View Full Version : Expansion Planned for Science Center

April 3rd, 2004, 07:53 AM
April 3, 2004

Expansion Planned for Science Center in Liberty State Park


NEWARK, April 2 - Noting that the Liberty Science Center has outgrown its current building in Liberty State Park, the center's board said Friday that it would restructure the existing space and add a wing that would expand the center by about 50 percent.

The addition of some 100,000 square feet to the current 196,000 square feet will require closing the building to the public by early next year. The center will set up a much smaller, temporary exhibit space in the newly renovated Central Railroad of New Jersey Terminal, a historic building in a part of the park near Ellis Island, and will take its displays to street fairs, schools and malls, said Robert J. Dougherty Jr., the chairman of the center's board.

Arthur F. Weinbach, the chairman and chief executive of Automatic Data Processing and a member of the science center's advisory council, said that instead of being less visible while its building is closed for the reconstruction, the center would touch even more people.

The cost of the expansion, reported Friday in The Star-Ledger of Newark, is $104 million. The project was announced at a ceremony attended by four former New Jersey governors who helped build and sustain the center since ground was broken for the current building in 1989. They were Brendan T. Byrne, Thomas H. Kean, James J. Florio and Christie Whitman. Gov. James E. McGreevey, in a written statement, hailed the expansion of the center, to be completed in 2007, and its outreach to schools and educators as an investment in "a vital resource."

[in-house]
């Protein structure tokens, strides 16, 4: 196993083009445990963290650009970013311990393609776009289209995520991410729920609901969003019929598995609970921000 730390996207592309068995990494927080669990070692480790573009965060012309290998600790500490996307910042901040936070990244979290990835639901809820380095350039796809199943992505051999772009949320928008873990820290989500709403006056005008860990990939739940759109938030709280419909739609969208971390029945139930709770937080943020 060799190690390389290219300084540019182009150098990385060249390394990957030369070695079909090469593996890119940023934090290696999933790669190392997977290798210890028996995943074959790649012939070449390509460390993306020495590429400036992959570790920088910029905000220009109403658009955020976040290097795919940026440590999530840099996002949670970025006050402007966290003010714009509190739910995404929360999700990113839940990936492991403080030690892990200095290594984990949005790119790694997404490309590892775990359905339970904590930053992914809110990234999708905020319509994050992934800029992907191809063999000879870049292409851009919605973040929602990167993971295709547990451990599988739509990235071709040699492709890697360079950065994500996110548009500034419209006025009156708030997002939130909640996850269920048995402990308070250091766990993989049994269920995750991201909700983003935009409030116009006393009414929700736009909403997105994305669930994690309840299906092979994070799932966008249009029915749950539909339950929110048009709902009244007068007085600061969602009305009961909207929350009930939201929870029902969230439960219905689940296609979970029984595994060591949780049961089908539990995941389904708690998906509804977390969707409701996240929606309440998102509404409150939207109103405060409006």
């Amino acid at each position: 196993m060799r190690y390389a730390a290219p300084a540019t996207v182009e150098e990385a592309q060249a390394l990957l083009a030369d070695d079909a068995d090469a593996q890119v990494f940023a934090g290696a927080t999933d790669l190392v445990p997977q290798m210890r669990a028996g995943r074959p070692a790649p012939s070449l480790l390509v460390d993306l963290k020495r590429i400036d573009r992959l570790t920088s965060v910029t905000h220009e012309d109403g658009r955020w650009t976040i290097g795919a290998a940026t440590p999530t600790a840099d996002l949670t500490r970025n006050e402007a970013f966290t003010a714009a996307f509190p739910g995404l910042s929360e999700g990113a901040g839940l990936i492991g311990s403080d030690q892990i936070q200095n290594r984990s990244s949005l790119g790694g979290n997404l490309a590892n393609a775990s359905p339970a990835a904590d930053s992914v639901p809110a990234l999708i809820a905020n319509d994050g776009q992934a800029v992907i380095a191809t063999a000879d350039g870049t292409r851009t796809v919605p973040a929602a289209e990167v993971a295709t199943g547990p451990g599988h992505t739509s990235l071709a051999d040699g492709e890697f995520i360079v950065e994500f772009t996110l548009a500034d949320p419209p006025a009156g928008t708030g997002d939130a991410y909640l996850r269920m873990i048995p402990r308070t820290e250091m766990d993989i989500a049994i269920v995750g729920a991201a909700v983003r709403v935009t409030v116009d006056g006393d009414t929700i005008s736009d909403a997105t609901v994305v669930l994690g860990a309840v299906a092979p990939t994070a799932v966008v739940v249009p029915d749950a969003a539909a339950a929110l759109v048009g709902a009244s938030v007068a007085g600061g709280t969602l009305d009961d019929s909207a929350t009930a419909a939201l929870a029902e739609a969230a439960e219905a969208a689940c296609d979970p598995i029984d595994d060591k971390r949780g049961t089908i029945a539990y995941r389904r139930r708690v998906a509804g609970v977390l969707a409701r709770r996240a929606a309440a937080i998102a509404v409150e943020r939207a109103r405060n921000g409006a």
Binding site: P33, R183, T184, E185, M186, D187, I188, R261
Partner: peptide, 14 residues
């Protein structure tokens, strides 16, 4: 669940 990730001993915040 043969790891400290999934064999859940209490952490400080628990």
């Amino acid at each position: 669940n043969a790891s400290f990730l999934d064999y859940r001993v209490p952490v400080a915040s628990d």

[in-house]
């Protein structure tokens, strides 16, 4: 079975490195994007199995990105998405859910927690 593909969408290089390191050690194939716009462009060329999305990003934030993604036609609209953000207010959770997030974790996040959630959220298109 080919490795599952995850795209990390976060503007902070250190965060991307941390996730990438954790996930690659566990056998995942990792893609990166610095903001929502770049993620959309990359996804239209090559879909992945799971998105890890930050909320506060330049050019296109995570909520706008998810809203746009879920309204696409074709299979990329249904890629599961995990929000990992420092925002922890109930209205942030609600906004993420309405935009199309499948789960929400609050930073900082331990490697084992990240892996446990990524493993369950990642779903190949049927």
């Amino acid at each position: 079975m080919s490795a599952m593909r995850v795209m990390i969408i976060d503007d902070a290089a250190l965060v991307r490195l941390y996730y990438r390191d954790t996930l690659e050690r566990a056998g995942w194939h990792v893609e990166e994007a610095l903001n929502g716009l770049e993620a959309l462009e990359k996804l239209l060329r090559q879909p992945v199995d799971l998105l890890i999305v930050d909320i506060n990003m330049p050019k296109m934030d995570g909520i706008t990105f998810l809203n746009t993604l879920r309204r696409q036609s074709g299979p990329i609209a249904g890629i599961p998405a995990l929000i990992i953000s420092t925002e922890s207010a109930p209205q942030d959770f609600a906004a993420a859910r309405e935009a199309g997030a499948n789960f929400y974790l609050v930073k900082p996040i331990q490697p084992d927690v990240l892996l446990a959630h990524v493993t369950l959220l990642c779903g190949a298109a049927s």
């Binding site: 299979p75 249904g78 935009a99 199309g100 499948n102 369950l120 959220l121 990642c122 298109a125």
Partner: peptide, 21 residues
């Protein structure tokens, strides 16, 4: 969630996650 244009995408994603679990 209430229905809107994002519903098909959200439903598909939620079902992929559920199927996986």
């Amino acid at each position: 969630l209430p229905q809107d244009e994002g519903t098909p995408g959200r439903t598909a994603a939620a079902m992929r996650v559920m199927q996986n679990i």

In recent years, according to the center's staff, that resource, situated in the vastness of the 1,212- acre state park, has been hard pressed and overbooked in its effort to accommodate its 700,000 visitors a year. The center occasionally had to turn away school groups seeking to schedule visits. About one-third of its annual budget comes from state sources under a contract to provide science education services to the 180,000 students in the state's poorest districts.

The reconstruction and the new wing will be financed by $89 million in state Economic Development Authority bonds and $27 million in private, foundation and corporate funds raised by the center.

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